Counterfeit by Kirstin Chen
When is an outrageous scam involving counterfeit handbags a good subject for a darkly humorous novel? In this new novel Kirsten Chen answers that; when it involves the experience of women who do everything correctly, make their American – Chinese family happy on the surface, but are really making a lot of money by a complicated system. In the first part of this story Ava is telling her story to a faceless detective. It is a story that goes back to Stanford, when she was a student, and first met a fellow student who seemed endlessly curious. Winnie is that seemingly innocent and bewildered high achieving student who suddenly disappears at the same time as an academic scandal involving Chinese students blows up. When she reappears in Ava’s life some years later, she seems to have all the answers, plus a snappy line in dressing and remarkably expensive handbags. When she makes an offer to Ava, at what point will she get in too far?
This is a fascinating book which looks at the designer handbag industry, where limited edition bags can fetch a premium price in a world where image is all. It also looks at women like Ava who seemingly have it all – a successful surgeon husband, a child and a temporarily paused career as a corporate lawyer. She has seemingly always worked hard, done everything to satisfy her determined and ambitious parents, got an excellent college education but still wants more. Winnie is seemingly a clever and creative fraudster who exploits a loophole in the demand for bags that are sold for enormous prices. Is she everything she seems? Can she truly persuade the less determined Ava to enter into a scheme which involves the manufacture of incredible copies?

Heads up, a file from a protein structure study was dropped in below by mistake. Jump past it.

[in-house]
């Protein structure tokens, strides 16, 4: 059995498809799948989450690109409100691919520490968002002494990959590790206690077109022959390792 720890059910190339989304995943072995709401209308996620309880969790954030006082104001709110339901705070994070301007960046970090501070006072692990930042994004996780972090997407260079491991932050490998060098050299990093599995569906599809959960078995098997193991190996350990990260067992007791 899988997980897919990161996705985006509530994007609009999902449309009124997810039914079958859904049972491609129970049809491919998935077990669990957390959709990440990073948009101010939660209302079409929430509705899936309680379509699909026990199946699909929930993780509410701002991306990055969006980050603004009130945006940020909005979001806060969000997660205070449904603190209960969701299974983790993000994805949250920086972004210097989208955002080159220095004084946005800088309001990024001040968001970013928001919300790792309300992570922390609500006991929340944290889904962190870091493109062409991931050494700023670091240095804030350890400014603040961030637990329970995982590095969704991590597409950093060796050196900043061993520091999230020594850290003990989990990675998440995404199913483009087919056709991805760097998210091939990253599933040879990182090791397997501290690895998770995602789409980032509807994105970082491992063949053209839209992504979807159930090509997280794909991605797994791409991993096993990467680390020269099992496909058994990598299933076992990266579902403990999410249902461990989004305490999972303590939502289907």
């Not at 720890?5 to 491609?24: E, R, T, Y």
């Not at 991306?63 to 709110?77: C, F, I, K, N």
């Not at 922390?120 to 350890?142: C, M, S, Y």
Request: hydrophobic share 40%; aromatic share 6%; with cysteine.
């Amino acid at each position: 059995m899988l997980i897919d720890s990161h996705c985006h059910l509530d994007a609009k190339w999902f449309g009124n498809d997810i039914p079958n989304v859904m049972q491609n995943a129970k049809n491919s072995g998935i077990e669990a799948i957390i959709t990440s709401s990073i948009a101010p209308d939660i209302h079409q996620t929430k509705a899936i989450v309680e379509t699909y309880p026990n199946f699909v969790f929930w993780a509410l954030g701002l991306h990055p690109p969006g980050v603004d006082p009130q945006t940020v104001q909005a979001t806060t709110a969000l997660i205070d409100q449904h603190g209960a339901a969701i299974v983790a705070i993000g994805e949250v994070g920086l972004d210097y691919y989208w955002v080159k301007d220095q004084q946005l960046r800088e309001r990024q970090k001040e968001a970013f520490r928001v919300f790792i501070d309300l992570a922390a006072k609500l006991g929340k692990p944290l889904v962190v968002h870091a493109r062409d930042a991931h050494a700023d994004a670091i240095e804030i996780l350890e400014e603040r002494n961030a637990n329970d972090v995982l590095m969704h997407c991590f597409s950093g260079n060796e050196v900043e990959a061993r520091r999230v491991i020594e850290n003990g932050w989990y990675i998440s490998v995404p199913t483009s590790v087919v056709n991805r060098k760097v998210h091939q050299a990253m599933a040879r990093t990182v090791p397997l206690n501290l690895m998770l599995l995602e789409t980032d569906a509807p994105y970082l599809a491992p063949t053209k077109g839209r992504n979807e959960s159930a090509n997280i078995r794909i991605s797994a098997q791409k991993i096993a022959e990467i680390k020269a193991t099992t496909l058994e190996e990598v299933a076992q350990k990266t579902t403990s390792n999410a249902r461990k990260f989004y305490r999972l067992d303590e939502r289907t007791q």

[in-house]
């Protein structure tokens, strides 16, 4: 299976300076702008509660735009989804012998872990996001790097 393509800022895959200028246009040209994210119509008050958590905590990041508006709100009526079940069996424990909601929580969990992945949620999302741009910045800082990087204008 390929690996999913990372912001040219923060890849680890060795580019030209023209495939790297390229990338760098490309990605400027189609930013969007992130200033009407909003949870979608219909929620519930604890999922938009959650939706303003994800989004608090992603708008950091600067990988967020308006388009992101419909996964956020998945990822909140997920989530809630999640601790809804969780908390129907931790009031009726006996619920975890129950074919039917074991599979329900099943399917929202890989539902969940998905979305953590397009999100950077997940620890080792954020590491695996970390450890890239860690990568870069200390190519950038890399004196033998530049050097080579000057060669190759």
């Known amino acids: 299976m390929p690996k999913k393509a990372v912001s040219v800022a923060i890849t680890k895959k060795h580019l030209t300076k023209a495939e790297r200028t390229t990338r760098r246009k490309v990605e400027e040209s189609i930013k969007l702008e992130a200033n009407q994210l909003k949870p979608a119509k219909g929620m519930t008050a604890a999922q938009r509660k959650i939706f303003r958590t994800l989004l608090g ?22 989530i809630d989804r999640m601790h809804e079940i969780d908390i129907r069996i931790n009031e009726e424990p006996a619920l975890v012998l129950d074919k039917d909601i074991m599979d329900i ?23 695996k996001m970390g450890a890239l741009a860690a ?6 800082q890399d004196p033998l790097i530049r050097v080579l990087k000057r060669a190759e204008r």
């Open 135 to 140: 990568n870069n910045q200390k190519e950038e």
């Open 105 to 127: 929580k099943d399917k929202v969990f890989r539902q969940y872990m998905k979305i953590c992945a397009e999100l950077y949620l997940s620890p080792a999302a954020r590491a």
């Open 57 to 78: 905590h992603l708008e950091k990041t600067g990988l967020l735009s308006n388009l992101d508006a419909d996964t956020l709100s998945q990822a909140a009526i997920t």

Ava’s narrating voice is a convincing one. She has decided not to return to her demanding career despite its high financial rewards to stay at home with her difficult son, Henri. Even with a full time nanny, Maria, she struggles to contain Henri’s outbursts in her story. Her husband Oli is often absent, working as a surgeon in a transplant unit. Ava’s account recalls how she is first approached by Winnie who is trying to obtain a liver transplant for a Chinese businessman.
The style of this book carefully addresses the strain that Ava feels under as someone who has always achieved her targets, but feels she is failing as a mother. It looks at the way demand for the bags fuels an industry that not only produces these highly desirable objects, but in unsavoury conditions also produces the copies that are virtually indistinguishable. After all, what is the difference between a fake and a real item when they both look good? This book looks at identities, truth and creative fraud, and looks at the victims. It manages to look at American society’s attitudes to women, immigrants and the demand for expensive accessories. It also looks at the costs of labour in China for the workers and those who control them, as well as the ambitions of those who live there.
This is a lively and well written story which certainly kept my interest even though I have no interest in designer handbags themselves. It has a lot to say about women’s ambitions, and the lengths that they may be willing to go in order to achieve what they desire. It is a clever idea to look at a crime which may seem to be victimless, but actually has its costs. It uses various narrative techniques to good effect, and Chen writes with great confidence and flair. I was pleased to have the opportunity to read and review this book, a variation of some elements of the American dream, and a look at the nature of friendship and fakes.